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Product: Book - Hardcover
Title: The C++ Programming Language (Special 3rd Edition)
Publisher: Addison-Wesley Professional
Authors: Bjarne Stroustrup
Rating: 3/5
Customer opinion - 3 stars out of 5
serial book


My impression from spending months with this book, using it as a guide for more obscure language features that I don't personally use (but others, whose code I support, do), is that it is a serial read. Many of the examples are built upon earlier chapters, and while it usually doesn't matter, I find myself going back again and again to try to figure things out (I don't have time to read it cover-to-cover). Luckily I kept my 2nd edition Stroustrup handy, and I use that instead fairly often. The index initially appears sparse and next-to-useless, but if it's not in the index, it's in the table of contents. I bought the first printing, which was my mistake; luckily the errata sheet is online. And to top it all off, the cover is really floppy, making it hard to hold anywhere but on a desk. But it looks good on my bookshelf.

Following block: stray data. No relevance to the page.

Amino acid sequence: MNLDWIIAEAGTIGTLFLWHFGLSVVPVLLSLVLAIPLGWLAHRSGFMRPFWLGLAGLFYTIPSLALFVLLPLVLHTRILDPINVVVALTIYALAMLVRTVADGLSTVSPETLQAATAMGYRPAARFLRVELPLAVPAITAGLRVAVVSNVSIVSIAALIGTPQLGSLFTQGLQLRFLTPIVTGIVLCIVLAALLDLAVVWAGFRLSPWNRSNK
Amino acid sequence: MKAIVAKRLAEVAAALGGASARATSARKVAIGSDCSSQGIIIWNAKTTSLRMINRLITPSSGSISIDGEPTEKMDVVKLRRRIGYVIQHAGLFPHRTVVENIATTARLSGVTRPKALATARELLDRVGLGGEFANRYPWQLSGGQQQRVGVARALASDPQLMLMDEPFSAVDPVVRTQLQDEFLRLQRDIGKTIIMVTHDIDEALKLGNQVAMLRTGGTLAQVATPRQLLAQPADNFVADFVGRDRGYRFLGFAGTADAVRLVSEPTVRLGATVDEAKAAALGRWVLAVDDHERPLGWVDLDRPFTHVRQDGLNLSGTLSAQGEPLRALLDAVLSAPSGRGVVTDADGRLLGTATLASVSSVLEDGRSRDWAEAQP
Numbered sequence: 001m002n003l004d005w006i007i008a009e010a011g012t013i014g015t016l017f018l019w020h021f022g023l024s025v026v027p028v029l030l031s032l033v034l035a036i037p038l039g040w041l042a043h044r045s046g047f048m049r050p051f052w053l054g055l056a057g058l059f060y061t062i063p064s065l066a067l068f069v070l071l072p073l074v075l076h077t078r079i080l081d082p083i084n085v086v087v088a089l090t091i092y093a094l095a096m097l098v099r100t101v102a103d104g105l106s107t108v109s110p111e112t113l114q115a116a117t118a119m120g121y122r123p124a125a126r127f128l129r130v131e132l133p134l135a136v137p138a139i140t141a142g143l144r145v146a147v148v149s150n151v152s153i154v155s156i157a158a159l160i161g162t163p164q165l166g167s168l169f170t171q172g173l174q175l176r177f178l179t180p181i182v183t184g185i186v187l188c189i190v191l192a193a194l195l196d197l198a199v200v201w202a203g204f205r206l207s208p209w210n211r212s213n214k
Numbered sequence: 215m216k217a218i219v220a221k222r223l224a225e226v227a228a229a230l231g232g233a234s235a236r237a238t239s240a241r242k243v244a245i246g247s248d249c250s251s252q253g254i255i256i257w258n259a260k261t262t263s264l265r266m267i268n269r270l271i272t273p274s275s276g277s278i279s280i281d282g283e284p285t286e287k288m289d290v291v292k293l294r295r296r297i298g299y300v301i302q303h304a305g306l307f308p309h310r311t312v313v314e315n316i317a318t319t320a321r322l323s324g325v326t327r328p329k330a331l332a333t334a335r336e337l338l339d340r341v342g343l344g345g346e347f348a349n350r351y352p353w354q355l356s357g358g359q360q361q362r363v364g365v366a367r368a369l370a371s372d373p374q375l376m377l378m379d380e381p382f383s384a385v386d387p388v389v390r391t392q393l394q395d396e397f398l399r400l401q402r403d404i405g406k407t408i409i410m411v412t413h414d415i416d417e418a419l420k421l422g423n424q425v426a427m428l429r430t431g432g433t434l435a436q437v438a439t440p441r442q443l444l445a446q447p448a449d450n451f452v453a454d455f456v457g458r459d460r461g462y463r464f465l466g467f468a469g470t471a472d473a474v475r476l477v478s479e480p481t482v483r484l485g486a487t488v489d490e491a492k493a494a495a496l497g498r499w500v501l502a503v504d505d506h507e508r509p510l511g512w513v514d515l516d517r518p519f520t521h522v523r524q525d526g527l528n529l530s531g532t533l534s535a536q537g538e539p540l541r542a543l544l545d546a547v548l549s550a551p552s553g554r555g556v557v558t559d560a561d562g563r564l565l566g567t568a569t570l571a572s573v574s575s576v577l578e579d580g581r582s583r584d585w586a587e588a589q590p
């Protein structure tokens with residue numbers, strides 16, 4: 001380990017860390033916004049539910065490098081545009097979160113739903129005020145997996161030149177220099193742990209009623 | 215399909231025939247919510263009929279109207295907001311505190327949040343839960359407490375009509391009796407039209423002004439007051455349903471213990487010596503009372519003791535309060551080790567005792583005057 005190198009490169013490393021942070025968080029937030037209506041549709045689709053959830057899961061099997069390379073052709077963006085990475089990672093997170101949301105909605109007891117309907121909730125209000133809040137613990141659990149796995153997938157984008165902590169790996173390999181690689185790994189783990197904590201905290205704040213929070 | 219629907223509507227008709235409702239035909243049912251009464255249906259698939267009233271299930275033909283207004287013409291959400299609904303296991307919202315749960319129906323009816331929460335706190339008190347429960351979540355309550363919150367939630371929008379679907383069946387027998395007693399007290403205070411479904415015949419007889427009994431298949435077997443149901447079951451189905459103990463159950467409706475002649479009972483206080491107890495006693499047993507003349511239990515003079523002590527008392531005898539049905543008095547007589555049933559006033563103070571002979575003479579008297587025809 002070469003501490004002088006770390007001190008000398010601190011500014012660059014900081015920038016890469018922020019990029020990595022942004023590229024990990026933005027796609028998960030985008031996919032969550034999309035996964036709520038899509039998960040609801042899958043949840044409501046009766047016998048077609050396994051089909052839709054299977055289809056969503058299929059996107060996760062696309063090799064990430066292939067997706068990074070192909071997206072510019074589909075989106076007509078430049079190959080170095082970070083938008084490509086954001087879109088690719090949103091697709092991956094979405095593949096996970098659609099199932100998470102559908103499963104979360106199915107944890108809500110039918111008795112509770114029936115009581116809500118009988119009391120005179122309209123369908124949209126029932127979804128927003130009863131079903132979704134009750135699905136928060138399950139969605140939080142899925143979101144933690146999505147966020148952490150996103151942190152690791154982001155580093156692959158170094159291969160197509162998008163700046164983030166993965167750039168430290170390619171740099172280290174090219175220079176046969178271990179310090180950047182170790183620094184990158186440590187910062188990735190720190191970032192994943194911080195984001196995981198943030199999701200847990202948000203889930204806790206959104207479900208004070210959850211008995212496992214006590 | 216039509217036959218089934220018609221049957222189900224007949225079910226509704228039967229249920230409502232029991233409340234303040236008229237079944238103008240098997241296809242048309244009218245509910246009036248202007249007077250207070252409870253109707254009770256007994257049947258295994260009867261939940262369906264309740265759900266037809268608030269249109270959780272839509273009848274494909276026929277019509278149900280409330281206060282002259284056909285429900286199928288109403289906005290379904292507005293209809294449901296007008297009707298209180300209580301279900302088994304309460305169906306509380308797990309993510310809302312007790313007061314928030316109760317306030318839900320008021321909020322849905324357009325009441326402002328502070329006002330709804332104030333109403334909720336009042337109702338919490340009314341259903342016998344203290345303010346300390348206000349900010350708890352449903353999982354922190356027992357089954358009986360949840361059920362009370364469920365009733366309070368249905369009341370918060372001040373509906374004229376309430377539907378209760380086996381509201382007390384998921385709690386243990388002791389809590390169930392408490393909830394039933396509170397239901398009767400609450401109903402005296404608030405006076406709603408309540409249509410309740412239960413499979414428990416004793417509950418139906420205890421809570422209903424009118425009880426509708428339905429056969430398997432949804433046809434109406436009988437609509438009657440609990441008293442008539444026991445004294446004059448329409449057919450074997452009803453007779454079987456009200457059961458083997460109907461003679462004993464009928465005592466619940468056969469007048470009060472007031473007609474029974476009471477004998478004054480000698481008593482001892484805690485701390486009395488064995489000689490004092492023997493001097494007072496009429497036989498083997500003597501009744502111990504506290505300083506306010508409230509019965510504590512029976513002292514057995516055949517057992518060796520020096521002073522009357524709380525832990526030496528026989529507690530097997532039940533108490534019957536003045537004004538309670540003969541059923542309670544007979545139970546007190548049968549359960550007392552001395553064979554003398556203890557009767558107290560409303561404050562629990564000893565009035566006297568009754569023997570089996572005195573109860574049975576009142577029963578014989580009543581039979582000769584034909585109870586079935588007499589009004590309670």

Product: Book - Hardcover
Title: CCA Citrix MetaFrame XP for Windows Administrator Study Guide (Exam 70-220)
Publisher: Osborne/McGraw-Hill
Authors: Inc. Syngress Media, Melissa Craft
Rating: 1/5
Customer opinion - 1 stars out of 5
Terrible!


I've never come across a study-book so crammed with mistakes and contradictions. Check out the Admin Guide for Citrix XP, and Citrix' own Skills Update book, but not this piece of junk!Buy this book if you want to be confused.



Product: Book - Paperback
Title: Learning the vi Editor (6th Edition)
Publisher: O'Reilly
Authors: Linda Lamb, Arnold Robbins
Rating: 5/5
Customer opinion - 5 stars out of 5
Helped me to grok vi